It takes one hell of a lady to command a ship that sees a crew of ten staff members and over 200 annual international volunteers work across 15 different projects aiding communities in Tacloban City as well as remote rural regions.
That woman is Helena Claire A. Canayong, fondly known as Wimwim, Director of Volunteer for the Visayans since 2013 — the year Supertyphoon Yolanda changed the Philippines forever.
“I had the most challenging year to become VFV’s Director,” recalled Canayong.
“We really did our best to make sure our communities were prepared.
“We brought food and supplies to each of VFV’s three community centres and visited each of them to make sure everybody was ready with a plan for what to do after the storm.
“We couldn’t know how severe the storm would be or that it would take five days to get the team together.”
VFV’s primary focus has always been the community’s most vulnerable members — its children. This was no different in the aftermath of Yolanda.
“We were busy dealing with our homes but we realised the children were frightened that VFV was closing because it was still full of debris,” explained Canayong.
“They were worried that when the relief period ended and they went back to their normal lives, VFV would no longer be part of the equation.
“So we made cleaning out the centre a priority and tried to do feedings downstairs to alleviate the stress on the local families while food was so scarce.”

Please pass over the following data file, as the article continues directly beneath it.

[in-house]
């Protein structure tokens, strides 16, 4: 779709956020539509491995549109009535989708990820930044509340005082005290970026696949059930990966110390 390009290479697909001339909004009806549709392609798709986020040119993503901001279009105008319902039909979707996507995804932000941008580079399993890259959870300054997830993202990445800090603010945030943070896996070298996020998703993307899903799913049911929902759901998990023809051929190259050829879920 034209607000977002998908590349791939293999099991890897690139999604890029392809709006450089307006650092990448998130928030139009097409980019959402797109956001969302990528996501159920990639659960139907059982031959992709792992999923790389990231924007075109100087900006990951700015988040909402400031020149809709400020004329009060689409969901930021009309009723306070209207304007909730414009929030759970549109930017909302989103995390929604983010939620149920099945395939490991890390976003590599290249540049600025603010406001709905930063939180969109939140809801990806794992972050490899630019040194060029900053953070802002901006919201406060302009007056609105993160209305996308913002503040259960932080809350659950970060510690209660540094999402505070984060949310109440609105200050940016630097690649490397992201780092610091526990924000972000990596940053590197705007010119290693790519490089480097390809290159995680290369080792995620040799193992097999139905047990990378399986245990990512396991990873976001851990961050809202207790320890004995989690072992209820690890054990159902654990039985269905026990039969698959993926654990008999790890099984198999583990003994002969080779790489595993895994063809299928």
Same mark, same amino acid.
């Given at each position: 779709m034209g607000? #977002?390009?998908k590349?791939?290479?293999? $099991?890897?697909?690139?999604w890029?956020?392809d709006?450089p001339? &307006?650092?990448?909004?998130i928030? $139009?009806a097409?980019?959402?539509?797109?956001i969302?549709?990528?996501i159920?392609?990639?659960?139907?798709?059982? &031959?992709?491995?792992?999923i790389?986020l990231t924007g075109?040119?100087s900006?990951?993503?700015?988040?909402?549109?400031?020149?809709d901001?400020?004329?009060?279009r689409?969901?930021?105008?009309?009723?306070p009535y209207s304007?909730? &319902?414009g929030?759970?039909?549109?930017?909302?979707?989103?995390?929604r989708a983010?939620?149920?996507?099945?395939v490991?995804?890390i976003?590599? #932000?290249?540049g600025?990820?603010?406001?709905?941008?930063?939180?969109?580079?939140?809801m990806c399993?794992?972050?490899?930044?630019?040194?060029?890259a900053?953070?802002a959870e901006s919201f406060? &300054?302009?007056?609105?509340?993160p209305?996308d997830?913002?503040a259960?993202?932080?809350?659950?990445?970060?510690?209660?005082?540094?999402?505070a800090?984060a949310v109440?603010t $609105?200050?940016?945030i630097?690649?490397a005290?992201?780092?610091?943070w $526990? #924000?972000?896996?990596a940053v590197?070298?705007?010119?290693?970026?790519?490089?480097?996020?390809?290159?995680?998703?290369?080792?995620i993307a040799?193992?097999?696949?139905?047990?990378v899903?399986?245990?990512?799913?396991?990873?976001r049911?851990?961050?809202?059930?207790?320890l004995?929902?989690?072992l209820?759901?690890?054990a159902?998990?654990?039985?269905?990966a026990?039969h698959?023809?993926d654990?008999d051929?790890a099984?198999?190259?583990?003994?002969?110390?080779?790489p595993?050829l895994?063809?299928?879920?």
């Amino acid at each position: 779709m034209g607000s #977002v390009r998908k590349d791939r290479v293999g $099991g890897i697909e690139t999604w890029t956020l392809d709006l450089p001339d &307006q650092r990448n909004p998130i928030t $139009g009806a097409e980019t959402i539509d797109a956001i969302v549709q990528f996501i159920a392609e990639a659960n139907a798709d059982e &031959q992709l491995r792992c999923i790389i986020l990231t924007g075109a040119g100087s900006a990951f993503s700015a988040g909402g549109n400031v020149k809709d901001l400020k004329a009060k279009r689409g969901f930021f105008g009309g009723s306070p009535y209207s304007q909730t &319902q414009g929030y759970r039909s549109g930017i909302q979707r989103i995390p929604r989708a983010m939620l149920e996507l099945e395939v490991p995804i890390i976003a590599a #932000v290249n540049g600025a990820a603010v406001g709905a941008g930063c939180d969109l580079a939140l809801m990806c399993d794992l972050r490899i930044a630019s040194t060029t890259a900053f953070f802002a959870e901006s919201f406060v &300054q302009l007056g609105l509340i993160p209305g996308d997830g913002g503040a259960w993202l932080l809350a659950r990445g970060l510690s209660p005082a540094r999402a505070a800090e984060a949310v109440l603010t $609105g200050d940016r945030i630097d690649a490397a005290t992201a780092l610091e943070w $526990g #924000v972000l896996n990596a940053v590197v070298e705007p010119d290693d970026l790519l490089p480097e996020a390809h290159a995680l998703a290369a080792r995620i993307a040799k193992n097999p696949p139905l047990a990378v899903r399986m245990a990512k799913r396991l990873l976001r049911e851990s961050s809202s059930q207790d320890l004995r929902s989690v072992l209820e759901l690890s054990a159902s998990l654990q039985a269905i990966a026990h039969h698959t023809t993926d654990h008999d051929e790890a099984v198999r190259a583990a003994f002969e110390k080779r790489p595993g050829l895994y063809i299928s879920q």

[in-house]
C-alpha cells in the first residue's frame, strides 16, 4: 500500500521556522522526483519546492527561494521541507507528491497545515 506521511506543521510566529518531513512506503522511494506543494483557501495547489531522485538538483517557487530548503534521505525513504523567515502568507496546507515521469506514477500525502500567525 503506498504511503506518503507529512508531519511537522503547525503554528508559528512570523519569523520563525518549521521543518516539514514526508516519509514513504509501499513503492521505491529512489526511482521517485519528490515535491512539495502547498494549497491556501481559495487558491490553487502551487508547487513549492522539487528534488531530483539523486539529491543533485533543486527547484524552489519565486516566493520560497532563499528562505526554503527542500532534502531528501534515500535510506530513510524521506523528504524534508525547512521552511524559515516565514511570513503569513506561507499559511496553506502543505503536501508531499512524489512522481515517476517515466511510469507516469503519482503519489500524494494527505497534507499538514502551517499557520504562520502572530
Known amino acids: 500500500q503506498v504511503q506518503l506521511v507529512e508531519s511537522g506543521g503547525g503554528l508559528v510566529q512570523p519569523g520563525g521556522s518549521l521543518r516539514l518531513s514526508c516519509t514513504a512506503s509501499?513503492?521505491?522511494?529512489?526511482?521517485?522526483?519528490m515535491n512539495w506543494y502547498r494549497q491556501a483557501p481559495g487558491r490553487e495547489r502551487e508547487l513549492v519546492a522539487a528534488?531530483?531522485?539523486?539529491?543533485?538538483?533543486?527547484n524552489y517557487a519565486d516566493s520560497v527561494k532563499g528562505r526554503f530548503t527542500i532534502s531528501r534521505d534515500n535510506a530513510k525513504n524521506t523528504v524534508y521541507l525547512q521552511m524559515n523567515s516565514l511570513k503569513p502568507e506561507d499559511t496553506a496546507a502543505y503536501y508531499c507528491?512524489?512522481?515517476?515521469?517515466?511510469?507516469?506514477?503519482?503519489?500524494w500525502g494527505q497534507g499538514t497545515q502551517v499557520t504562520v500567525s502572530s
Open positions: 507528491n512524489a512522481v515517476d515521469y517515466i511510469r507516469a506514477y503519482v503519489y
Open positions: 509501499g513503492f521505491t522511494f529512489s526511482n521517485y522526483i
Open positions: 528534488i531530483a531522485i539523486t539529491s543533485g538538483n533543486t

This focus on providing a safer, healthier, happier future for disadvantaged Filipino children led to the initiation of one of VFV’s most successful welfare projects and the highlight of Canayong’s nine-year career with VFV.
The VFV Dumpsite Project takes children away from the dangerous life of scavenging plastics and recyclables at the city dump by connecting them with a sponsor who provides food subsidies, clothing, school supplies and weekly meals.
“Creating the Dumpsite Project—seeing former child scavengers going to college or practical arts schools—is my most memorable moment,” said Canayong.
Despite managing all aspects of VFV, from its administrative needs to monitoring and implementing various programs and projects, while still serving as a community worker and constantly battling the time vacuum of bureaucratic red tape — Canayong is halfway through a law degree at Tacloban’s DVOREF College of Law.
“I will continue in my community work but when I was younger I had dreamed of becoming a lawyer so I want to go through with it so I have no regrets later in life,” she explained.
It is this attitude that has the 35-year-old mother of two learning how to skateboard for the first time.
“When I was younger I always wanted to skateboard but my father wouldn’t let me, it was too dangerous an activity for his little girl,” she said.
“I am learning now because I don’t want to wonder about whether I could do it or not!”
*Written by volunteer Emma Bailie, journalist from Australia